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The Life of Selina Campbell
A Fellow Soldier in the Cause of Restoration
By Loretta M. Long
The University of Alabama Press Copyright © 2001 The University of Alabama Press
All rights reserved.
The Bakewell Family
The story of the English brickmaker's daughter who became one of the most prominent women in America's fastest growing nineteenth-century churches begins in a small community in central England. The village of Lichfield, lying in the southern Staffordshire area, 118 miles northwest of London, numbered 4,842 inhabitants in 1801. Lichfield perhaps took its name from the "traditionary martyrdom of more than 1000 Christians, who are said to have been massacred here in the reign of the Emperor Diocletian." An old town with a strong sense of history, in 1802 Lichfield also became the birthplace of a woman whose life is noteworthy for its demonstration of devotion to family, home, and faith. The history of Selina Bakewell's family in Lichfield and in the rest of England provides a fascinating backdrop for her life. Events in Selina's childhood shed great light on her character as an adult, tell us about the members of her family and illuminate their role in her development, and lay the foundation for consideration of her adult experience.
The original village of Bakewell from which the family took its name lies in Derbyshire. The name probably came from the invading Normans of the eleventh century. Family records trace the Staffordshire Bakewells (Selina's branch) back as far as Levenettus Cancellarius, a thane of the king, who was appointed the "Rector de Bakewell" in 1158. Little is known about him except that he was believed to have been born in Renfrewshire, Scotland. Selina Campbell's branch of the Bakewell family descends directly from John Bakewell (1638–1716) of Castle Donington, the eighteenth generation from Levenettus. His son John (1690–1761) was the first Bakewell of Selina's lineage to list his residence as Kingston, County Stafford, where Selina's father was probably born.
In 1796 Samuel Bakewell married Selina's mother, Ann Maria Bean, at St. Chad's Cathedral, Shrewsbury, England. The couple soon settled in Lichfield. There is no record of any other Bean children, but there is also no reason to believe that there were none. George Bean, Ann Maria's father, actively served the Shrewsbury Baptist Church as deacon for several years and through his diligent service to his church transmitted his faith to his daughter. The piety that would later so broadly characterize Selina's life thus had its roots deep in her family history. At the church itself two monuments inscribed with the Bean name illustrate the family's relationship with the congregation, as do the graves of many members of the Bean family in the cemetery of the church's courtyard. Later, after Ann Maria Bean Bakewell and her children crossed the Atlantic to a new home, they joined a Baptist church in Wellsburg, Virginia—the ultimate testimony to the faith of George and Ann Bean.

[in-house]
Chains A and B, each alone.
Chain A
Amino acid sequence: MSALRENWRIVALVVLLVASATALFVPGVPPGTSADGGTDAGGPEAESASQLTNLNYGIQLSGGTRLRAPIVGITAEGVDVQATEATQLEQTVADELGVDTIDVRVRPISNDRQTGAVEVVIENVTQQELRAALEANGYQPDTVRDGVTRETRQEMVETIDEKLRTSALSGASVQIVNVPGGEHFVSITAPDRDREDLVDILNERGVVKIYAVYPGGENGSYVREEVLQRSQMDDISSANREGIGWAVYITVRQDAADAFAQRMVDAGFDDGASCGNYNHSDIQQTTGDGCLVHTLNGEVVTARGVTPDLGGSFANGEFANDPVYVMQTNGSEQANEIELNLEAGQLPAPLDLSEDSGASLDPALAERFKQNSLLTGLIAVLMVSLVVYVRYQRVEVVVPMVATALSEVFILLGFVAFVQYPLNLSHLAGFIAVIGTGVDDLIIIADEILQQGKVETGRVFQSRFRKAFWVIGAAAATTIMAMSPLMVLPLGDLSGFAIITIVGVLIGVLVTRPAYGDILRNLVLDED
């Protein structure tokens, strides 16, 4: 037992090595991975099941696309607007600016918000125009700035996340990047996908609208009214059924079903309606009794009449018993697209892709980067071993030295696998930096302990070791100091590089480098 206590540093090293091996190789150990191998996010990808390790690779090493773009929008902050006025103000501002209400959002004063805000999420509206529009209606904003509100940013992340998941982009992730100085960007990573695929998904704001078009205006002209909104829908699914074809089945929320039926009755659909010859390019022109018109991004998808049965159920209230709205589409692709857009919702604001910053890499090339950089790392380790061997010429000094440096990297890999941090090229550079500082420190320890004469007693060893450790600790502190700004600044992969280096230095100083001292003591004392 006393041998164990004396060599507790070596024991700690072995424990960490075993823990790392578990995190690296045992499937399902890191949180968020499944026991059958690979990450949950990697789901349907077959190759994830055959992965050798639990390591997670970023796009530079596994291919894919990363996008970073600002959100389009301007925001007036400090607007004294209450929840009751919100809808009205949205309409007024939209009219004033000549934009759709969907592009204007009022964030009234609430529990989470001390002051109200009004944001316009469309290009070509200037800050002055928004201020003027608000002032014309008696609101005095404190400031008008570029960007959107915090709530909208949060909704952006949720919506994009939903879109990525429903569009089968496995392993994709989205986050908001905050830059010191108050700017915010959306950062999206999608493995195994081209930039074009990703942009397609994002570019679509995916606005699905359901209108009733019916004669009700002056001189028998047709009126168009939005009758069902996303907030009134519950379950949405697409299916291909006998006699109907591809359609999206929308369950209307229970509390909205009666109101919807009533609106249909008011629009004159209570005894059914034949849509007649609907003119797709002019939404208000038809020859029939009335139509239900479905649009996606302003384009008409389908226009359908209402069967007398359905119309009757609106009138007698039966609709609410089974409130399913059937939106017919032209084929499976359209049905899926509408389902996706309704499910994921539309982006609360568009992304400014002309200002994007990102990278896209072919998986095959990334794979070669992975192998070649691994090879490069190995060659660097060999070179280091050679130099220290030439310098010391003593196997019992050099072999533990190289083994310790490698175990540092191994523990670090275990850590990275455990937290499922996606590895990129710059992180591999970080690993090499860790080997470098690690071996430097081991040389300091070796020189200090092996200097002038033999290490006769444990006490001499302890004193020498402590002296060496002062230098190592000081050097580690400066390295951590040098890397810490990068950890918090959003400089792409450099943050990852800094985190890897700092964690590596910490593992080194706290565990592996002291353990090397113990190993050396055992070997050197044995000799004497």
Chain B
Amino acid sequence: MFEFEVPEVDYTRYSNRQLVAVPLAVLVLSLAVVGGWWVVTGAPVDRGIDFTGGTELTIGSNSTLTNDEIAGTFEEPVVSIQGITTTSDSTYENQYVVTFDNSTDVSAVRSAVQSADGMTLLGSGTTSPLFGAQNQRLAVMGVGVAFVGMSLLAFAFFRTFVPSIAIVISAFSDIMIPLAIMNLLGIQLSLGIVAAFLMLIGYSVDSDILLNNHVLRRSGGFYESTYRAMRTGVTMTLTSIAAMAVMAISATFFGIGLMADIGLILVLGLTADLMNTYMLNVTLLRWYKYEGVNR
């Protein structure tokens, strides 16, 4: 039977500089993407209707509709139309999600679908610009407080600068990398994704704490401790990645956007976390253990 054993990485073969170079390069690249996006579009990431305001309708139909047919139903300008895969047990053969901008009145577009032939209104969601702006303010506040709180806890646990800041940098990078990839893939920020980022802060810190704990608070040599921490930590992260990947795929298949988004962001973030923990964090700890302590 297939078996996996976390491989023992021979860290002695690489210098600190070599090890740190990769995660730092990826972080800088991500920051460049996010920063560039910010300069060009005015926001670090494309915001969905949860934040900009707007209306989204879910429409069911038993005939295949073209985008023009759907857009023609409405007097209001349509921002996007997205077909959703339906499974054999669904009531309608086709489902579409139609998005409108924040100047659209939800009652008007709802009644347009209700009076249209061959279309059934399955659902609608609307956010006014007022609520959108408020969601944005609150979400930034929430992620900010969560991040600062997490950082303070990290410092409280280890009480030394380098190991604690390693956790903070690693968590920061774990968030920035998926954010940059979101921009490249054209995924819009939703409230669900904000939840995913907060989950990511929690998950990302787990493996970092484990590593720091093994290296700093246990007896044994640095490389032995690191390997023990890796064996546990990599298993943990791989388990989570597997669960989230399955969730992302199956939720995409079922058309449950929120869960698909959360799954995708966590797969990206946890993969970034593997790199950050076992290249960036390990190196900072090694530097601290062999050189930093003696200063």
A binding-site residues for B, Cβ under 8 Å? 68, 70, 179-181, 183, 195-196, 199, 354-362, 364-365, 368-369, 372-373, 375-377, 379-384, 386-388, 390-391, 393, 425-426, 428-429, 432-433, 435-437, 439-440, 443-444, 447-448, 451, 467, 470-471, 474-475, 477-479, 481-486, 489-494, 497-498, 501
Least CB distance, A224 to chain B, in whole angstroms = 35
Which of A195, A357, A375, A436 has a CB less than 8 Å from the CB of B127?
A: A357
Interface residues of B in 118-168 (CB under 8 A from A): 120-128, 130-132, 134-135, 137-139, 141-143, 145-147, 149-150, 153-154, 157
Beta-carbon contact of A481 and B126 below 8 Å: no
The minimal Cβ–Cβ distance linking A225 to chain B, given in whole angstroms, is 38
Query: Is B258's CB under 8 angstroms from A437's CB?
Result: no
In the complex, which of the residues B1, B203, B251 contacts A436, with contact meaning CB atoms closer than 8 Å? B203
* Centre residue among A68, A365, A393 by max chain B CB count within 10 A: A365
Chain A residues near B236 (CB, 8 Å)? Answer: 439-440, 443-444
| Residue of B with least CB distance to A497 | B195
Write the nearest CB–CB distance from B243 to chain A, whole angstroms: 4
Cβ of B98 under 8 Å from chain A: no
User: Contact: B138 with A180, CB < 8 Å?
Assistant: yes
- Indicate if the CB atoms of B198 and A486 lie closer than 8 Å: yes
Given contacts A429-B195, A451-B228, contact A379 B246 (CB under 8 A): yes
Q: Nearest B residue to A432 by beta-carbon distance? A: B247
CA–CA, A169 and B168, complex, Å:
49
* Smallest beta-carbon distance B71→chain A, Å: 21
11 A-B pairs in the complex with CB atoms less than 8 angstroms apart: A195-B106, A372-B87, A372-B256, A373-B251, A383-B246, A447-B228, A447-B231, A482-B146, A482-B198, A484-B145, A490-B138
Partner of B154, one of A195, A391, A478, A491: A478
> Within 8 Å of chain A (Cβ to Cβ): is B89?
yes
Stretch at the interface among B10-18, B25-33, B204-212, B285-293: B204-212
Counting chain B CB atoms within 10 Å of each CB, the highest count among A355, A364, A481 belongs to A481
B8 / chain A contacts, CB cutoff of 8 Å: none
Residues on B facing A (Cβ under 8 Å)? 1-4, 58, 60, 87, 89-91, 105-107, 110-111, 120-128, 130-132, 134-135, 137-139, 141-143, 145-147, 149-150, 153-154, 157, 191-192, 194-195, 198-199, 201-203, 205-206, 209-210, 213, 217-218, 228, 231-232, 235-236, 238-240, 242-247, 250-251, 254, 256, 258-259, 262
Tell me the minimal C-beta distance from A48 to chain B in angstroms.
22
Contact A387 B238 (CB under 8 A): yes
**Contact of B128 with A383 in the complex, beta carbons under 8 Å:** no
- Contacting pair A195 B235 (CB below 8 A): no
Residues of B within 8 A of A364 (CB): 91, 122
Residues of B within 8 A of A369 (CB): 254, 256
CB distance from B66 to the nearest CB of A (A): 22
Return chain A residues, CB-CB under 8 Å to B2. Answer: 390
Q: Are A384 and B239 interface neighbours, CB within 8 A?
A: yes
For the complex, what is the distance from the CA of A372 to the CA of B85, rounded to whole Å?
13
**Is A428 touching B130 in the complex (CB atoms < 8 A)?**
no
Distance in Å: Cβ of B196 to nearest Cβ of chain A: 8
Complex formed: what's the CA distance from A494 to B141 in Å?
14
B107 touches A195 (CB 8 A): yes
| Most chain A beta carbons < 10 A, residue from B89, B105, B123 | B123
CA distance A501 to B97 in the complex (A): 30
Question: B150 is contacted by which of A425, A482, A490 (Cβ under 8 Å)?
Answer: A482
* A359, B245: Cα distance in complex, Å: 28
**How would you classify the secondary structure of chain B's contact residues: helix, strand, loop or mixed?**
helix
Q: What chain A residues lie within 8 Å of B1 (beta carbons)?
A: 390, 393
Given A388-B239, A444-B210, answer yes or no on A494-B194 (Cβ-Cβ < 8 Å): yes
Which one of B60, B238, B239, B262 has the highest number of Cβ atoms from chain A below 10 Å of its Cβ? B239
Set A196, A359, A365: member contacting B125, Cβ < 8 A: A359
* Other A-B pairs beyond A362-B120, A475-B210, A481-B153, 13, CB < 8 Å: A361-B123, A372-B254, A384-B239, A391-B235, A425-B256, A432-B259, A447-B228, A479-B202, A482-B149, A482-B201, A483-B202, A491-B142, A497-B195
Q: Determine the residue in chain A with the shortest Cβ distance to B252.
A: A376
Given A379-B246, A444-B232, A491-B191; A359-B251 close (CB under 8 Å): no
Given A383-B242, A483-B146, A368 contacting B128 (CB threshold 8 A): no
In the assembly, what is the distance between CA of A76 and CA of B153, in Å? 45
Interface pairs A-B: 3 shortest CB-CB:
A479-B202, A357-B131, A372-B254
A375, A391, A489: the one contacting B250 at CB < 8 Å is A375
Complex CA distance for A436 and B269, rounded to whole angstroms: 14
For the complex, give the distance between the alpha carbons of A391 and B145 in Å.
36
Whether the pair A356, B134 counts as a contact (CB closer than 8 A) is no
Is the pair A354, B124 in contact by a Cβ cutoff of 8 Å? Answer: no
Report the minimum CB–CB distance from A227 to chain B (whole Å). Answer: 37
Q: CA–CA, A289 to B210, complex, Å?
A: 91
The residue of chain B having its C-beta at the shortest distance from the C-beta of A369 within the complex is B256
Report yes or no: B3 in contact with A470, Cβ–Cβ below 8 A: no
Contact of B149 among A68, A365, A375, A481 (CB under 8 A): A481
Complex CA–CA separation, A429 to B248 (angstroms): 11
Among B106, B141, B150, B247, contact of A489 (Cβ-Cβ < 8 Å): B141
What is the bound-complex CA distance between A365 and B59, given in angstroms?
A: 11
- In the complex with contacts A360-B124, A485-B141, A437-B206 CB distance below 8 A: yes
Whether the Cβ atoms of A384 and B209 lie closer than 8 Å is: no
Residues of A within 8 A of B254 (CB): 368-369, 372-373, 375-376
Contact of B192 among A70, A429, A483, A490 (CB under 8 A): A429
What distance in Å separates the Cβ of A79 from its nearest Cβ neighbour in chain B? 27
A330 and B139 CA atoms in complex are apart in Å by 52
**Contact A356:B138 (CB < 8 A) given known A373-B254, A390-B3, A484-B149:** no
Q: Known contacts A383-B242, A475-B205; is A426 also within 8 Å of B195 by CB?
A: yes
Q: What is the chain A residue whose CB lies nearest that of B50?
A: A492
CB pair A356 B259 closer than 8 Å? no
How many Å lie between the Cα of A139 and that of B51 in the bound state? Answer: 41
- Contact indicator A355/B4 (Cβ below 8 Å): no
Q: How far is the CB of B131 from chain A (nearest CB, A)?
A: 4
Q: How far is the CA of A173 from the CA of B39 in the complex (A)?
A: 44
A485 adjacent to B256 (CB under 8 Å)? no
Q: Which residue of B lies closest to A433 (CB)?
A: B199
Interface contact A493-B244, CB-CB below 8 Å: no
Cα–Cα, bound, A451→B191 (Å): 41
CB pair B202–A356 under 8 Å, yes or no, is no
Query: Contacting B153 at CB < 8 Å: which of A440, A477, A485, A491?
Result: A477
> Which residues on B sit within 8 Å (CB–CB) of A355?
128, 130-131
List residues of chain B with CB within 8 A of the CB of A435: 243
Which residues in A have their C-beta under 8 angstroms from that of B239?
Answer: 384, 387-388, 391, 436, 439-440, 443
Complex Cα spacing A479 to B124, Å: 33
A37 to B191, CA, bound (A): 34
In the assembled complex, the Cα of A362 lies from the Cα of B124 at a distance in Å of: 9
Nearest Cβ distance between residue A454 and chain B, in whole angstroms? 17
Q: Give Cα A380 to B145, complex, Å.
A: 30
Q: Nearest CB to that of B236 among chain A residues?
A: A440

The early years of the nineteenth century yielded momentous changes for the Bakewell family and for the young Selina. Probably responding both to a lack of opportunity in central England and to his own adventurous, entrepreneurial spirit, Samuel Bakewell left his family and sailed for the United States in 1803. This move obliged the family to build a new life in a new country. The special clay of the hills surrounding Samuel's home in Shrewsbury and Lichfield and the larger county of Staffordshire was especially suited to pottery, an industry that Samuel Bakewell apparently attempted to join. The market for pottery, however, had been declining around the turn of the century. The potters of Staffordshire, mostly journeymen and craftsmen, had formerly owned their own kilns and exercised great control over the production and sale of their products. Growing specialization and organization of the market increasingly drove production into mechanized factories, so that the journeymen and craftsmen now exerted less control over their employment. As prices fell and opportunities evaporated, many potters tried to relocate. Samuel Bakewell was probably one such worker who wanted to establish a factory in America.
Bakewell sailed for the United States in 1803 and eventually reached York County, Pennsylvania. After residing in the area for a few months, he became a naturalized citizen at the Allegheny County courthouse in Pittsburgh in early 1804. Ann Maria, Selina, and Selina's three brothers set sail from Liverpool on April 30, 1804, on the ship Diana to reunite all members of the family. Selina and her three older brothers had all been born before the family moved. Two more sons, Arthur and Edwin, would be born in Virginia. For fifty pounds sterling the family and their possessions, which included a bureau with brass handles, a 1790 cookbook, and an old tea canister, among other things, were brought to the United States. After the arrival of the wife and children, the reunited family settled in Charlestown, Brooke County, (West) Virginia. Samuel most likely chose the Wellsburg area because of the ready availability of a particular type of clay in the surrounding hills that was especially useful for firing pottery. The verdant gradients lining the Ohio River, where Wellsburg had been settled in the late eighteenth century, overlay a wonderful soil.